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# Documentation

## Control Chart Execution Using Temporal Logic

### What Is Temporal Logic?

Temporal logic controls execution of a chart in terms of time. In state actions and transitions, you can use two types of temporal logic: event-based and absolute-time. Event-based temporal logic keeps track of recurring events, and absolute-time temporal logic defines time periods based on the simulation time of your chart. To operate on these recurring events or simulation time, you use built-in functions called temporal logic operators.

### Rules for Using Temporal Logic Operators

These rules apply to the use of temporal logic operators:

• You can use any explicit or implicit event as a base event for a temporal operator. A base event is a recurring event on which a temporal operator operates.

• For a chart with no input events, you can use the tick or wakeup event to denote the implicit event of a chart waking up.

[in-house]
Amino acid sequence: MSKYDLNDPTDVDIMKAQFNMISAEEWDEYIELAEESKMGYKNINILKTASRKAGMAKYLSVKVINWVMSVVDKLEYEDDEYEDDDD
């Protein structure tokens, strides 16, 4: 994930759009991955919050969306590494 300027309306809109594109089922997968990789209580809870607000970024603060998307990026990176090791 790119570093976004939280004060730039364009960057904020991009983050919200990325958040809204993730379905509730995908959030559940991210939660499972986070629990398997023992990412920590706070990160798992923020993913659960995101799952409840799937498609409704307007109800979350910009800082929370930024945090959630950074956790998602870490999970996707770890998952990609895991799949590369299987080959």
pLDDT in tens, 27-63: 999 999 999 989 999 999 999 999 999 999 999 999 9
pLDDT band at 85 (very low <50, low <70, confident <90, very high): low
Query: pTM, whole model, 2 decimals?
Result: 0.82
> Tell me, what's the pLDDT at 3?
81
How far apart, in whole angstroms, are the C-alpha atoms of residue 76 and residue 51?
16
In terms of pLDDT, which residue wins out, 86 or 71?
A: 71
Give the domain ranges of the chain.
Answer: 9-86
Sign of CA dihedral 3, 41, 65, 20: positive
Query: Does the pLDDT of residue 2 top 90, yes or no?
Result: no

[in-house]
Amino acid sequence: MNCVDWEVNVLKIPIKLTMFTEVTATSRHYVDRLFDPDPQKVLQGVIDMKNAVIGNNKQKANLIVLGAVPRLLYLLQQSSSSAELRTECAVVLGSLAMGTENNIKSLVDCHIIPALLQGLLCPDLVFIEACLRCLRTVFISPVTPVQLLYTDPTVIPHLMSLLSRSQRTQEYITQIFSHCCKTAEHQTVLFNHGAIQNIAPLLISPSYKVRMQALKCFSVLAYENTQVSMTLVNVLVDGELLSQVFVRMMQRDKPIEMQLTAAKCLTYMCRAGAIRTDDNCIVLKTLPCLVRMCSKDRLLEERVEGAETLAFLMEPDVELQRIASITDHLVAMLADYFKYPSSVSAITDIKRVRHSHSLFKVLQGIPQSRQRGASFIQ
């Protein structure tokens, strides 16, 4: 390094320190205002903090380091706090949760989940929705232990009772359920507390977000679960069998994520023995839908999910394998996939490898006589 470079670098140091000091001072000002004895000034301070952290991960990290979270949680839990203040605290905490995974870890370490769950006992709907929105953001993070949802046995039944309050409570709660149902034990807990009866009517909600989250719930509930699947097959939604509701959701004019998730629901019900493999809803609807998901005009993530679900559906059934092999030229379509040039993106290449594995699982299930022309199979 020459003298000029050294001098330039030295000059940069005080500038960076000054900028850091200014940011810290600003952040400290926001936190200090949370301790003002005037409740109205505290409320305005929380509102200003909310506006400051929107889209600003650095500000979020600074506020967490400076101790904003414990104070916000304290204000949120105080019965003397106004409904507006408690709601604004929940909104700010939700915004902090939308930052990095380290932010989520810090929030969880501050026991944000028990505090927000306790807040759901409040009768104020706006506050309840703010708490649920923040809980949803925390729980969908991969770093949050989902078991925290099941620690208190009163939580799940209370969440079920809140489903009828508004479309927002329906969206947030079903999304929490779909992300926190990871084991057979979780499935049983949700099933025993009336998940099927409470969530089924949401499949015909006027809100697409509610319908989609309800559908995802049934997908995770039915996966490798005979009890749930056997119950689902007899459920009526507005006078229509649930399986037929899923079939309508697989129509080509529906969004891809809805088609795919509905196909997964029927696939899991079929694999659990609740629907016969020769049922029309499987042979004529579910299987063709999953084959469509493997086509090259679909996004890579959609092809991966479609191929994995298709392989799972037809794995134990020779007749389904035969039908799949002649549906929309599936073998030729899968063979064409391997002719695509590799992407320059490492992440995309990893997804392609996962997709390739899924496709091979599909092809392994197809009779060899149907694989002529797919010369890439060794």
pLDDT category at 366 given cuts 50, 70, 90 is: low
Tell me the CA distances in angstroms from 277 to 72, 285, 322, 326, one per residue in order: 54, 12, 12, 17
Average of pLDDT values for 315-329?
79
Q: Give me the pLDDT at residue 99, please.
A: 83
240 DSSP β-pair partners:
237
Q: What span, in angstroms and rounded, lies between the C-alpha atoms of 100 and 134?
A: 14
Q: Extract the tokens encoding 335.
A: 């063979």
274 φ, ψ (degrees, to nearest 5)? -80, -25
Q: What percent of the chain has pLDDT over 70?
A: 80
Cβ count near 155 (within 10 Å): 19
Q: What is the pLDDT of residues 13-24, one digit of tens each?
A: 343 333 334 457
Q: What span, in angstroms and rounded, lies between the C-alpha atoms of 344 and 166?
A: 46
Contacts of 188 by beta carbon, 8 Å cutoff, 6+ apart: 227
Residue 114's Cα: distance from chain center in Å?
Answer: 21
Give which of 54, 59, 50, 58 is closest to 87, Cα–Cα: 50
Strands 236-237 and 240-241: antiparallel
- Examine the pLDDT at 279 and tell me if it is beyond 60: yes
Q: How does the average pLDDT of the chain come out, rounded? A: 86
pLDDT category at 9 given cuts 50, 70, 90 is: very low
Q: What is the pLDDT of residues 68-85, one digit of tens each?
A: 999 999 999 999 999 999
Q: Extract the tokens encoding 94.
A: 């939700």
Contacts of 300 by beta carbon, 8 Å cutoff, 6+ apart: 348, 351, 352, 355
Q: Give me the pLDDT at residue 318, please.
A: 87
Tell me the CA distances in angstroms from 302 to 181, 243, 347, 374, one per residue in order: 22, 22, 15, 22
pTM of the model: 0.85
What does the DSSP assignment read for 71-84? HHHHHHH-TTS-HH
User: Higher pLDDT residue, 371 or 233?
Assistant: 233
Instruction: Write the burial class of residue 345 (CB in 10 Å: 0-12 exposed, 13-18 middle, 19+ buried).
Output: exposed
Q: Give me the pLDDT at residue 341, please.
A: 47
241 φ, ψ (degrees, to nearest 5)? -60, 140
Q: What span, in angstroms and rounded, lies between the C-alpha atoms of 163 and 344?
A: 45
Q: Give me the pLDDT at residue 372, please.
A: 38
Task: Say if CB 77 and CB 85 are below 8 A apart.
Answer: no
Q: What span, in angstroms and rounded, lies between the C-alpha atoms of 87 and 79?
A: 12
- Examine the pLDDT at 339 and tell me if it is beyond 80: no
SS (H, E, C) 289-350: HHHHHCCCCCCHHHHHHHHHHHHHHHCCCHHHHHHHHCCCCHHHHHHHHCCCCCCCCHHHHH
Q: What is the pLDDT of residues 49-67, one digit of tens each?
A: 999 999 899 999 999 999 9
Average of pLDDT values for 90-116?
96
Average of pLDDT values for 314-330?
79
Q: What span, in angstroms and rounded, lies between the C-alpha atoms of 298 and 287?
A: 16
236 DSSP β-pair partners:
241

• Temporal logic operators can appear only in:

• State actions

• Transitions that originate from states

• Transition segments that originate from junctions when the full transition path connects two states

 Note:   This restriction means that you cannot use temporal logic operators in default transitions or flow chart transitions.

Every temporal logic operator has an associated state: the state in which the action appears or from which the transition originates.

• You must use event notation (see Notations for Event-Based Temporal Logic) to express event-based temporal logic in state actions.

### Operators for Event-Based Temporal Logic

For event-based temporal logic, use the operators as described below.

OperatorSyntaxDescription

after

after(n, E)

where E is the base event for the after operator and n is one of the following:

• A positive integer

• An expression that evaluates to a positive integer value

Returns true if the base event E has occurred at least n times since activation of the associated state. Otherwise, the operator returns false.

In a chart with no input events, after(n, tick) or after(n, wakeup) returns true if the chart has woken up n times or more since activation of the associated state.

Resets the counter for E to 0 each time the associated state reactivates.

before

before(n, E)

where E is the base event for the before operator and n is one of the following: